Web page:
Public and private schools across the country are rediscovering the importance of music and fine arts. There are a multitude of new studies proving the positive connection between a quality music education and higher math test scores.
It is not hard to find the correlation between these two subjects. In fact, most educators agree that music and math are very similar disciplines. Both require a very specific set of skills. It is safe to say that schools understand that students will learn the same self-motivation, cooperation, memorization and critical reasoning skills in music class as they do in math class.
Self-motivation is balanced by group work and cooperation. Children learn to work together toward a common cause. Perhaps they are working on a choral concert or learning a piece of orchestral music. Regardless of the reason behind the group work, just learning that your participation is necessary and will affect the outcome of the project is vital to a child’s understanding of working as a team. Likewise, in mathematics, children become acutely aware that their learning comes from a collaboration of generations of mathematicians.
Schools also contribute to the teaching of self-motivation when enrolling children in music classes. There is a certain amount of personal skill involved in learning to read music or play an instrument. This skill is directly connected with the amount of individual practice the child puts in. When a child learns that through practice they can become better or more capable at playing a particular instrument or understanding a particular type of music, they become motivated to work harder. This self-motivation is entirely necessary when a child begins learning the basic concepts of mathematics.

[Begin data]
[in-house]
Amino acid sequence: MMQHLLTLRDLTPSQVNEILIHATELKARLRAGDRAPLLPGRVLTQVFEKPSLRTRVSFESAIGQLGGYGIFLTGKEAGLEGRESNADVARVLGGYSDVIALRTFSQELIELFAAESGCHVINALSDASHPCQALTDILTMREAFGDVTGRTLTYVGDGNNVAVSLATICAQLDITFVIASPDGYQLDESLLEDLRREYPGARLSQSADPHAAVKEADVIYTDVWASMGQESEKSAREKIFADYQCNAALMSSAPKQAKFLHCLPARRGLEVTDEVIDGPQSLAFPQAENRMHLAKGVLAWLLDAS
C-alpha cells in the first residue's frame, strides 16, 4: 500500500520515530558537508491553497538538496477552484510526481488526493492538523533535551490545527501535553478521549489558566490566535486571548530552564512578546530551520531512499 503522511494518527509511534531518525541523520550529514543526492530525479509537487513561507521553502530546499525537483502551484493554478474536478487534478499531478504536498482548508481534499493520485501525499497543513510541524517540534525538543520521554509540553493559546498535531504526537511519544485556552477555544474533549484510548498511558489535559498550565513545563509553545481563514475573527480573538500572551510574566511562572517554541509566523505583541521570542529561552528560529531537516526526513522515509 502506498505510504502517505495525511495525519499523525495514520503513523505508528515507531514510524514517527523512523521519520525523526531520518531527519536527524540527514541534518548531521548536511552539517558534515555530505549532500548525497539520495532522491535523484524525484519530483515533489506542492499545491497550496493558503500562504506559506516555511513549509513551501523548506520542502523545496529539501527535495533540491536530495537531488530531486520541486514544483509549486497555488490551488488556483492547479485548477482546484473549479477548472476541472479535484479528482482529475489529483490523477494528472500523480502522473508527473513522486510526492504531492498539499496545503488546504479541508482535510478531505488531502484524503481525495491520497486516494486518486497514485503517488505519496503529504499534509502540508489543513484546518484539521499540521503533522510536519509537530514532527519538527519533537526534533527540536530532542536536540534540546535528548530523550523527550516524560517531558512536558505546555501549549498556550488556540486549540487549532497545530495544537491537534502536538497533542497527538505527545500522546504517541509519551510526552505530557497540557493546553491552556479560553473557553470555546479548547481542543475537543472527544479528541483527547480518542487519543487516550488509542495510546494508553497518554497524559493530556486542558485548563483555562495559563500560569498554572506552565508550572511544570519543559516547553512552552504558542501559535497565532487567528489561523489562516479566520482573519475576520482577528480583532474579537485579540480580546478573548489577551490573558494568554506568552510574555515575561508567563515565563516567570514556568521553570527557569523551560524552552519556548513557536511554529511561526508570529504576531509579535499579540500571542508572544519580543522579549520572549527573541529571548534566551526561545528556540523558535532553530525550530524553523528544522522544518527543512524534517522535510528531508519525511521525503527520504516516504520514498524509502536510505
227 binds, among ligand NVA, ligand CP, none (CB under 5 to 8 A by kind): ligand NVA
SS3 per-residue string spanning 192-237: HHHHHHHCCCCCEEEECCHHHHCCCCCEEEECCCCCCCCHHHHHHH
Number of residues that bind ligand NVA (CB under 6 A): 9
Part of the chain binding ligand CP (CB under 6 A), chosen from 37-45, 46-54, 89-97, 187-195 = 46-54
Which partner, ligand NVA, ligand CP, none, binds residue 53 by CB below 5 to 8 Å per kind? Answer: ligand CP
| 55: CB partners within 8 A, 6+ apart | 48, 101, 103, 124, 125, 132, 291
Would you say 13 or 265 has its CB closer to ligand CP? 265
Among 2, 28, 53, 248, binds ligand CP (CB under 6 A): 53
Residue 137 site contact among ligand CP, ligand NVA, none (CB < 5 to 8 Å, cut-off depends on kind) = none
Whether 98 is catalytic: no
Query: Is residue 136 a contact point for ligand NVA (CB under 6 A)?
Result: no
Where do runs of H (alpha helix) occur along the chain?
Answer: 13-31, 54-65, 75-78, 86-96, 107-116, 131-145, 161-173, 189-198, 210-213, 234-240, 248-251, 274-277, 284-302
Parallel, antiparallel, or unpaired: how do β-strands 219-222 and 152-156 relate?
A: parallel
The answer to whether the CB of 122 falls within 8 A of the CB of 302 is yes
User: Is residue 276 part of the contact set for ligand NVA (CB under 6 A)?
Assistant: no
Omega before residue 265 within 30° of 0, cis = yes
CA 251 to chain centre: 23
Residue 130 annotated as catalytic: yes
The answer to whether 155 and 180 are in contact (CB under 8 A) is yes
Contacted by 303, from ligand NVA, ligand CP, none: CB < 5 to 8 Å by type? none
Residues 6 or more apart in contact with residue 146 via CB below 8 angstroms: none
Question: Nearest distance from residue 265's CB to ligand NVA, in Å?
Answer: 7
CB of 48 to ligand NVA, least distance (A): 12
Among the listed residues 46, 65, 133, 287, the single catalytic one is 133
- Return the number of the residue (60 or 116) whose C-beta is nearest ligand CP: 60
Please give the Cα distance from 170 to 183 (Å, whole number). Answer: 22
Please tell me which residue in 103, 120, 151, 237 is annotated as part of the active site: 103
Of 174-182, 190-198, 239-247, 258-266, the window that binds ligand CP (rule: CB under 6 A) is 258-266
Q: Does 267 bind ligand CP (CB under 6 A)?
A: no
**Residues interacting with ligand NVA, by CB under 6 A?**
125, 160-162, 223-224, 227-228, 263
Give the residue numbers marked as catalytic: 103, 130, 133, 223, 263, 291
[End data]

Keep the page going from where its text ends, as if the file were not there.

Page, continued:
Some people see a correlation between the memorization skills required in music learning to the memorization skills required in mathematics. Certainly, there are a variety of ways to interpret the positive affect of learning to memorize at an early age. Much of early mathematics is based on memorizing tables, fractions and logarithms. Also, a child that is accustomed to memorizing math formulas and musical literature may be able to recall this information, when necessary, during testing.
Students who are exposed to music in schools have proven time and again that they excel when it comes to reasoning skills. When learning a new instrument or how to read music, children are forced to gain a working understanding of logic. Learning about scales, measures, rests and time signatures is very similar to learning the basics of mathematics. Just as in math, music is a series of cause and effect formulas with everything having its place and order.
There is a remarkable amount of ways music in the classroom can change children’s lives. Principals, teachers and parents alike are rediscovering the importance of music as it relates to mathematics.